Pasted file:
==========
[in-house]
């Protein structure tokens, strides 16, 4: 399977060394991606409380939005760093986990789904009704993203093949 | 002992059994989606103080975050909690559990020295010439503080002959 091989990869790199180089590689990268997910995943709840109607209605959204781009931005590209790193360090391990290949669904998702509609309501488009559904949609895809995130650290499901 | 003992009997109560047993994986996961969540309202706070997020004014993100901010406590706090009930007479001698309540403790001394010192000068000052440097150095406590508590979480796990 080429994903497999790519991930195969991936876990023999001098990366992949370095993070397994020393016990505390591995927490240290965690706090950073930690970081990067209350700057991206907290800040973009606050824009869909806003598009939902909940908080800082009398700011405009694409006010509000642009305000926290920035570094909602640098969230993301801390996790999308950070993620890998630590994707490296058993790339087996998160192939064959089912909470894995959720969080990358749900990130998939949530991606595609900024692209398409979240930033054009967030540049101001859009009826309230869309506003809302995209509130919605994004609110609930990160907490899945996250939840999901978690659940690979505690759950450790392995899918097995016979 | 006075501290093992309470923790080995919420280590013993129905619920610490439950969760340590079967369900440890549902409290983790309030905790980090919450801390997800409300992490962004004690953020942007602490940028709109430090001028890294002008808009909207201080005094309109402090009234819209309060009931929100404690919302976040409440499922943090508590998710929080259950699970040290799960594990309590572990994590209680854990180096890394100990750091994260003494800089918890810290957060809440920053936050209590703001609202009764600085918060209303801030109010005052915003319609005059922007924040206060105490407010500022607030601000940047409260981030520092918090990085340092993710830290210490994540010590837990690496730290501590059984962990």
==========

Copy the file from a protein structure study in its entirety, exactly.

[in-house]
């Protein structure tokens, strides 16, 4: 399977060394991606409380939005760093986990789904009704993203093949 | 002992059994989606103080975050909690559990020295010439503080002959 091989990869790199180089590689990268997910995943709840109607209605959204781009931005590209790193360090391990290949669904998702509609309501488009559904949609895809995130650290499901 | 003992009997109560047993994986996961969540309202706070997020004014993100901010406590706090009930007479001698309540403790001394010192000068000052440097150095406590508590979480796990 080429994903497999790519991930195969991936876990023999001098990366992949370095993070397994020393016990505390591995927490240290965690706090950073930690970081990067209350700057991206907290800040973009606050824009869909806003598009939902909940908080800082009398700011405009694409006010509000642009305000926290920035570094909602640098969230993301801390996790999308950070993620890998630590994707490296058993790339087996998160192939064959089912909470894995959720969080990358749900990130998939949530991606595609900024692209398409979240930033054009967030540049101001859009009826309230869309506003809302995209509130919605994004609110609930990160907490899945996250939840999901978690659940690979505690759950450790392995899918097995016979 | 006075501290093992309470923790080995919420280590013993129905619920610490439950969760340590079967369900440890549902409290983790309030905790980090919450801390997800409300992490962004004690953020942007602490940028709109430090001028890294002008808009909207201080005094309109402090009234819209309060009931929100404690919302976040409440499922943090508590998710929080259950699970040290799960594990309590572990994590209680854990180096890394100990750091994260003494800089918890810290957060809440920053936050209590703001609202009764600085918060209303801030109010005052915003319609005059922007924040206060105490407010500022607030601000940047409260981030520092918090990085340092993710830290210490994540010590837990690496730290501590059984962990």